Monday, July 28, 2008

Olympic Village: home for all athletes

Olympic Village: home for all athletes

By Sportswriter Lou Chen

BEIJING, July 27 (Xinhua) -- Italian lasagna, Beijing roast duck or kosher foods? Athletes from more than 200 countries and regions may find their favorite home foods in the Beijing Olympic Village.

The diversity of meals, divided into different zones including Chinese, Asian, international and Mediterranean, underlines the meticulous preparation in the village which houses about 16,000 athletes, coaches and their entourage. The village officially opened on Sunday.

"We want to make this place a nice, quiet and comfortable place to stay, a place that feels like home," said village secretary-general Wu Jingmi.

The sprawling complex, which runs 800 meters from north to south and 900 meters across, is only 20 minutes walk northwest of two centerpiece Games venues - the Bird's Nest stadium and aquatic venue Water Cube. The distance is one of the closest in all Olympics.

The village contains a main restaurant that can feed 5,000 people, teahouses, coffee shops, a barbershop, post office, shops, library and a clinic.

In catering alone, some 100 foreign and 2,300 Chinese chefs and waiters offer 24-hour service every day. Menus change every eight days, and the meals are athletes special.

"We have very strict rules to make sure the foods are safe and calories for each dish are made clear for the athletes own discretion, because there may be stringent weight rules in some events," Wu said.

Hundreds of home-style foods, along with customized beds, space for religious masses and entertainment facilities, are part of the efforts to provide comfortable stay for all athletes, Wu said.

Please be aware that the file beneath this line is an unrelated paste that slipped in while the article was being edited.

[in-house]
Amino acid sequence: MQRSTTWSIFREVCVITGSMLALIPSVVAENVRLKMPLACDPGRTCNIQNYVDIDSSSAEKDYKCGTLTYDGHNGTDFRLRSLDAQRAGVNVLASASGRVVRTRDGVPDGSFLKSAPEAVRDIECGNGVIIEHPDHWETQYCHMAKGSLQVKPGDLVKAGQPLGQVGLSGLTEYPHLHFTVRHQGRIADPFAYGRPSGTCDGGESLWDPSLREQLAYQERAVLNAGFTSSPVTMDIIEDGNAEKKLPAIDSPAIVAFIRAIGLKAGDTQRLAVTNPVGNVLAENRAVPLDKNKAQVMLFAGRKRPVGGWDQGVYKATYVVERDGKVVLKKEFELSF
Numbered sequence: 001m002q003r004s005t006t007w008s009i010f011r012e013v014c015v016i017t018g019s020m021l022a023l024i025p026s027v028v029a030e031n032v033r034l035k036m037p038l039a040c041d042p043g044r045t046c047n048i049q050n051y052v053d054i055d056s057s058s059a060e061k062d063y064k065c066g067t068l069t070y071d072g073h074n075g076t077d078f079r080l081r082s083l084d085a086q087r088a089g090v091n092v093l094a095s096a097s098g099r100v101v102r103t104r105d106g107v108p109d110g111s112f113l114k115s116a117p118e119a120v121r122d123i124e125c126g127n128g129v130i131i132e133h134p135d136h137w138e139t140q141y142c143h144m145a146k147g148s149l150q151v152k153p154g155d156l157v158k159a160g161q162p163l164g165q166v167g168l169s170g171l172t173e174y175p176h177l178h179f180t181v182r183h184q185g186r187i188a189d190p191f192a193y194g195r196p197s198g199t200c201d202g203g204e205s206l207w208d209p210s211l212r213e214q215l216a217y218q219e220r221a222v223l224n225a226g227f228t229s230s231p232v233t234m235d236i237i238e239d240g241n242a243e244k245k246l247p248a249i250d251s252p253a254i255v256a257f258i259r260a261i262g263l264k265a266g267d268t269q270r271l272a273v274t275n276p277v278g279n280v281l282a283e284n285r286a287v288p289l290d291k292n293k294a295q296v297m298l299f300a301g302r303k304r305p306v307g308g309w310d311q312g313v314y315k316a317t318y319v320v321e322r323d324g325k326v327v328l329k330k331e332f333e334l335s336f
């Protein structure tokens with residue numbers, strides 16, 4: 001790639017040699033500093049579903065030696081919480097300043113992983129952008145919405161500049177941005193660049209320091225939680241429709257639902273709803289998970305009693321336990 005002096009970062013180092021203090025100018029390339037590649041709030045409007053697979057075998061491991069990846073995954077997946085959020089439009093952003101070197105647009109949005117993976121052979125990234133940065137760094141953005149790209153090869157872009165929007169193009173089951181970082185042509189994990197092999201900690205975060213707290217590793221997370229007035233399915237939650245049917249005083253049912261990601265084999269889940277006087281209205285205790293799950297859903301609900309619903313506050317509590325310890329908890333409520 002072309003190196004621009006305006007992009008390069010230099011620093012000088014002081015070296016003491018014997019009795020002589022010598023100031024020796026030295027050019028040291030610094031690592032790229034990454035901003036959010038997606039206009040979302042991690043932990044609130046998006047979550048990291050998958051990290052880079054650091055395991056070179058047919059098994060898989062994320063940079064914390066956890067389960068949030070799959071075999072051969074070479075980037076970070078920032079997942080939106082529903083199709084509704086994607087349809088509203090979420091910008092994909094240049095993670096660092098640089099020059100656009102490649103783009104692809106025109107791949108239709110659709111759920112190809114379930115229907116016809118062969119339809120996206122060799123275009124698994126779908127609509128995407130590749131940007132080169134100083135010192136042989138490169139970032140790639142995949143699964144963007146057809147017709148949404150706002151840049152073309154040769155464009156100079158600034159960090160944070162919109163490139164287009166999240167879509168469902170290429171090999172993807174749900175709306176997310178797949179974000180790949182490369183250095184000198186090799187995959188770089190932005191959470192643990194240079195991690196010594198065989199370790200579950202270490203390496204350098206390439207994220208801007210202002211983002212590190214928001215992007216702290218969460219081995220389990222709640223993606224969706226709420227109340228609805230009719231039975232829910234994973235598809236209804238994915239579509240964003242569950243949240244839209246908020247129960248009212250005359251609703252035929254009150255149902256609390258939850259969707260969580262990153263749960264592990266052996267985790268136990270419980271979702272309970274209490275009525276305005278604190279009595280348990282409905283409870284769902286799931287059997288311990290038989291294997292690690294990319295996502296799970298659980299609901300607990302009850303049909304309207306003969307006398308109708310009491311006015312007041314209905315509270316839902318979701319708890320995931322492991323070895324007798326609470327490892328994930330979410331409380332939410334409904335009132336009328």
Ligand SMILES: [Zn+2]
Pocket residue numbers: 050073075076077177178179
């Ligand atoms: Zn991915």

Other services like chances of getting a Chinese name add colors to their Olympic experience. "I believe they will find it interesting to stay here," Wu said.

Construction of the complex started in the summer of 2005, and the total of 42 apartment buildings were built with water recycling technologies, environmentally friendly construction materials and solar-powered lighting. The apartments save two thirds of the energy costs of ordinary ones in Beijing.

Alternative-fuelled vehicles carry athletes within the village, to and from the Olympic venues. The complex was built according to IOC (International Olympic Committee) rules, Wu said, but elements of Chinese culture have been weaved into the design and decoration, making it not just any another Olympic village.

It used the colors of Beijing's grey brick walls, white stone balconies, paper-cuts and red lanterns. Cultural performances like embroidery, woodcarving, painting and Beijing Opera mask will be held in the courtyard of the international zone.

"The village is a place where the athletes can unwind and get to know Chinese culture. We want to give them a full experience with Chinese culture," said Deng Yaping, a famed Olympic table tennis champion and deputy village head.

In line with IOC regulations, a religious center had been set up in the village, she said.

Deng said on Friday that 46 countries and regions have had some representation in the village since its preliminary opening on July 20. The village is expected to be fully lodged.

Secretary-general Wu said thousands of staff and volunteers are ready to receive the athletes, and anticipated no easy task. "We have made several hundreds of plans for every type of contingencies, but security, services and management are still big challenges," he said.

The single task of taking all the athletes to the opening ceremony on Aug. 8 is daunting. "We have to arrange 360 buses to take them to the Bird's Nest. The whole process will take at least one and half hour, and that's only possible if the cooperation between the village and the delegations goes well," he said.

Before the July 20 test run, the Beijing Organizing Committee for the Games of the XXIX Olympiad (BOCOG) President Liu Qi said a well-run Olympic Village was a significant part of a successful Games. He ordered the village staff to keep working on the details and provide maximal possible service to all the athletes.

The village will close on Aug. 27. Also as the Paralympic Village, it will reopen on Aug. 30 and close on Sept. 20.

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